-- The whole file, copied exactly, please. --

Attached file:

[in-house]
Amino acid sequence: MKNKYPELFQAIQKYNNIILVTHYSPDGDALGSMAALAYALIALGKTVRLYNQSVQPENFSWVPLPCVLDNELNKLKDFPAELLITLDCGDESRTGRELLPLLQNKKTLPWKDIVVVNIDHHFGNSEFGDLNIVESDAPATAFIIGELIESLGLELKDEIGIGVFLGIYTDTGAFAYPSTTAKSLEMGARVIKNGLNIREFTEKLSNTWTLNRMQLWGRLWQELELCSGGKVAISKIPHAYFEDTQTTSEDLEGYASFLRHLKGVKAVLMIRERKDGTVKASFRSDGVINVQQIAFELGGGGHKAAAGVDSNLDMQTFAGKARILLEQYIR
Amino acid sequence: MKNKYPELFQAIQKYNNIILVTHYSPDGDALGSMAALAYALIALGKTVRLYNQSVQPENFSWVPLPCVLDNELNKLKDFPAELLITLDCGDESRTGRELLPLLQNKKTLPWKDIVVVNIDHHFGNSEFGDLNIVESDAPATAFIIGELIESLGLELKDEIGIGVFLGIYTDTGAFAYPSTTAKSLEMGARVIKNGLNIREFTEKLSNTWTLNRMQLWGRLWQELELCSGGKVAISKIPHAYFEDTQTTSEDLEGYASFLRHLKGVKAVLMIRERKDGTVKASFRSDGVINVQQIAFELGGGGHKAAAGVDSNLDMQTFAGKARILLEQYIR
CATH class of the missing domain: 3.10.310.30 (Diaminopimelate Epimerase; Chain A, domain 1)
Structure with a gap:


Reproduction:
[in-house]
Amino acid sequence: MKNKYPELFQAIQKYNNIILVTHYSPDGDALGSMAALAYALIALGKTVRLYNQSVQPENFSWVPLPCVLDNELNKLKDFPAELLITLDCGDESRTGRELLPLLQNKKTLPWKDIVVVNIDHHFGNSEFGDLNIVESDAPATAFIIGELIESLGLELKDEIGIGVFLGIYTDTGAFAYPSTTAKSLEMGARVIKNGLNIREFTEKLSNTWTLNRMQLWGRLWQELELCSGGKVAISKIPHAYFEDTQTTSEDLEGYASFLRHLKGVKAVLMIRERKDGTVKASFRSDGVINVQQIAFELGGGGHKAAAGVDSNLDMQTFAGKARILLEQYIR
Amino acid sequence: MKNKYPELFQAIQKYNNIILVTHYSPDGDALGSMAALAYALIALGKTVRLYNQSVQPENFSWVPLPCVLDNELNKLKDFPAELLITLDCGDESRTGRELLPLLQNKKTLPWKDIVVVNIDHHFGNSEFGDLNIVESDAPATAFIIGELIESLGLELKDEIGIGVFLGIYTDTGAFAYPSTTAKSLEMGARVIKNGLNIREFTEKLSNTWTLNRMQLWGRLWQELELCSGGKVAISKIPHAYFEDTQTTSEDLEGYASFLRHLKGVKAVLMIRERKDGTVKASFRSDGVINVQQIAFELGGGGHKAAAGVDSNLDMQTFAGKARILLEQYIR
CATH class of the missing domain: 3.10.310.30 (Diaminopimelate Epimerase; Chain A, domain 1)
Structure with a gap: